Braeburn Elementary School teacher Sandy Trejo was not expecting the sights and sounds that greeted her when she stepped outside of the school on Tuesday.
As students waved handmade signs of congratulations, a mini parade of brightly decorated cars snaked through the parking lot, blaring their horns to honor the first-grade ESL teacher as the district’s Teacher of the Month for May.
At the head of the parade was West Area Superintendent James McSwain, who praised Trejo’s hard work and dedication this year.
“As a bilingual teacher, she has been committed to educating our newcomer students,” McSwain said. “And even amidst a challenging year, Ms. Trejo requested to her principal to be made a self-contained teacher for her kids and to take on the extra responsibility of math instruction,” McSwain said.
Trejo said she was not expecting the recogntion and felt overwhelmed and grateful for the celebration.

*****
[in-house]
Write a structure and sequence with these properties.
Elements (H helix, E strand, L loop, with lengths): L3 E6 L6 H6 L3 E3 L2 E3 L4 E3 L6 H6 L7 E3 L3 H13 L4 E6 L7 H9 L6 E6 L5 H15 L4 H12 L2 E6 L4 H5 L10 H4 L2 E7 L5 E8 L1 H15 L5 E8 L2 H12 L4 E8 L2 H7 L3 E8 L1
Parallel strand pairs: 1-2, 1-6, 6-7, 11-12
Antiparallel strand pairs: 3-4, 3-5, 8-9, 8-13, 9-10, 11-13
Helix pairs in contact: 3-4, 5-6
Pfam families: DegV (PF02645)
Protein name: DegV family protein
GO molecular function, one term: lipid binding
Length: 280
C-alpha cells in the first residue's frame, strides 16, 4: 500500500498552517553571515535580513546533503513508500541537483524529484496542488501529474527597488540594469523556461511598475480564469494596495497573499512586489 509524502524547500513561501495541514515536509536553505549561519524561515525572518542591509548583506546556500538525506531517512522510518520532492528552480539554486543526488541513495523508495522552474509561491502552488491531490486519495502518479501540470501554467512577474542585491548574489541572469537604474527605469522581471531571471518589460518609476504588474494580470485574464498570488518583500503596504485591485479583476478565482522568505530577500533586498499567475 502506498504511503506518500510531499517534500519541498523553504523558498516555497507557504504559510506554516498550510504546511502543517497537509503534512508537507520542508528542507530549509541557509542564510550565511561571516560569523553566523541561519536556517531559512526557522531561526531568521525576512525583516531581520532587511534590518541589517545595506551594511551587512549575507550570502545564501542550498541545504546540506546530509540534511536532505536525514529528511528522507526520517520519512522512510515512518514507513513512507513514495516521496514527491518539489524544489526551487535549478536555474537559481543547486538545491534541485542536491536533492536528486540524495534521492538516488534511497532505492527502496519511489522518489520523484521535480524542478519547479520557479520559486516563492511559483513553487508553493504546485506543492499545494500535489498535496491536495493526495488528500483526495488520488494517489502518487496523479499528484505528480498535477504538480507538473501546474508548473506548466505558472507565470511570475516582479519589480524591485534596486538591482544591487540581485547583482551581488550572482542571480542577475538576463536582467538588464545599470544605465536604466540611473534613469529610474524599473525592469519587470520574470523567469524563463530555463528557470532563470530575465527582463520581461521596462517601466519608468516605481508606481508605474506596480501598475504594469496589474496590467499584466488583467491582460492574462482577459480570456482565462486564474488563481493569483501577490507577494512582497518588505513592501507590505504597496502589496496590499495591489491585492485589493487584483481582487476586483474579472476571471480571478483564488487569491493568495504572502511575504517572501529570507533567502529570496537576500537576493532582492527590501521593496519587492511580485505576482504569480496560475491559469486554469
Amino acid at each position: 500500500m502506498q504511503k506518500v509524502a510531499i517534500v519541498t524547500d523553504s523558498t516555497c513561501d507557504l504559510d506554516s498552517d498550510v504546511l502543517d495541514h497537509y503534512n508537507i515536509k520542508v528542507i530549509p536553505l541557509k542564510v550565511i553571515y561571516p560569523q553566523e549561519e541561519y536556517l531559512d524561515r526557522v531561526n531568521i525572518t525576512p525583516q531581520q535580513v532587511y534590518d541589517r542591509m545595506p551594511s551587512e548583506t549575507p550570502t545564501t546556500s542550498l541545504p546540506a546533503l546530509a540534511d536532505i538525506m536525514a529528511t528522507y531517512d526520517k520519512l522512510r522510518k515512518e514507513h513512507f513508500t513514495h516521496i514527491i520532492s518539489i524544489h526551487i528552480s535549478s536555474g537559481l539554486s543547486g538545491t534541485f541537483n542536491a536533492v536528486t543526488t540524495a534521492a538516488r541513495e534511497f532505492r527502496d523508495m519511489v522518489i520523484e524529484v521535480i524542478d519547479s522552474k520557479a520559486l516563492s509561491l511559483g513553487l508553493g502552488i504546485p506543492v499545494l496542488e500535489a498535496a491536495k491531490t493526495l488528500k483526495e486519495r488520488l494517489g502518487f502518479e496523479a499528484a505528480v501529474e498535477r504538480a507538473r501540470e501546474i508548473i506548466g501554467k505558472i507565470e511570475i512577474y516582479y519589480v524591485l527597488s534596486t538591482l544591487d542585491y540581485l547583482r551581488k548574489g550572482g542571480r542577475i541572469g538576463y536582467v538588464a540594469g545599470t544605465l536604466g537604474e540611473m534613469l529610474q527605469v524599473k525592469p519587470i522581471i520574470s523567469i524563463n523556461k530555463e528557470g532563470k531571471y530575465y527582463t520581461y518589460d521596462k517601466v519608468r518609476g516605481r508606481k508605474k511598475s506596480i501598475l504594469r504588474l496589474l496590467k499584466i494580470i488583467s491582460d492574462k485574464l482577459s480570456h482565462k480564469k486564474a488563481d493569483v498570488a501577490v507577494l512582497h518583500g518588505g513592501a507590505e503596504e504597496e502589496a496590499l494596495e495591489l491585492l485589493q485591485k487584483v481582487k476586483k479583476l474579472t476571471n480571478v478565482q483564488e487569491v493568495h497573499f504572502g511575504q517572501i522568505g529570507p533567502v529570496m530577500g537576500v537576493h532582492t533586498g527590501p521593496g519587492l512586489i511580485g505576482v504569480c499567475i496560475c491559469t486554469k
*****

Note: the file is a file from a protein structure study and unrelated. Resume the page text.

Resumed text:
“I feel very appreciated, and it’s very humbling for me that they chose me over so many amazing teachers across the district,” she said.
A teacher at Braeburn for five years, Trejo’s colleagues say she is dedicated to advocating for her students and is constantly thinking outside the box to achieve her—and her students’—goals.
“She works closely with our students and families, and as a professioal looks for opportunities to learn and grow,” Principal Amanda Rodgers said. “It’s been rewarding to see, and she has a really calm and wonderful spirit.”
Rodgers notes that one of the things that sets Trejo apart is that she uses a wide array of data to push her students forward, and she is always willing to take on a new hurdle. In fact, this year she requested to be a self-contained teacher despite the additional challenges of the pandemic and virtual learning.
Trejo made the request in order to grow professionally, but also build a deeper relationship and trust foundation with her students.
In fact, that desire to nurture relationships goes beyond just the classroom. Trejo’s colleagues commend her for always supporting her fellow teachers, whether its acting as first-grade chair or helping first-year educators find their footing in their new careers.
For Trejo, she believes that it is all part of the job.
“I think everything you do you should do with love,” she said. “If this is my calling, I should do this for the students to feel that connection,” Trejo said.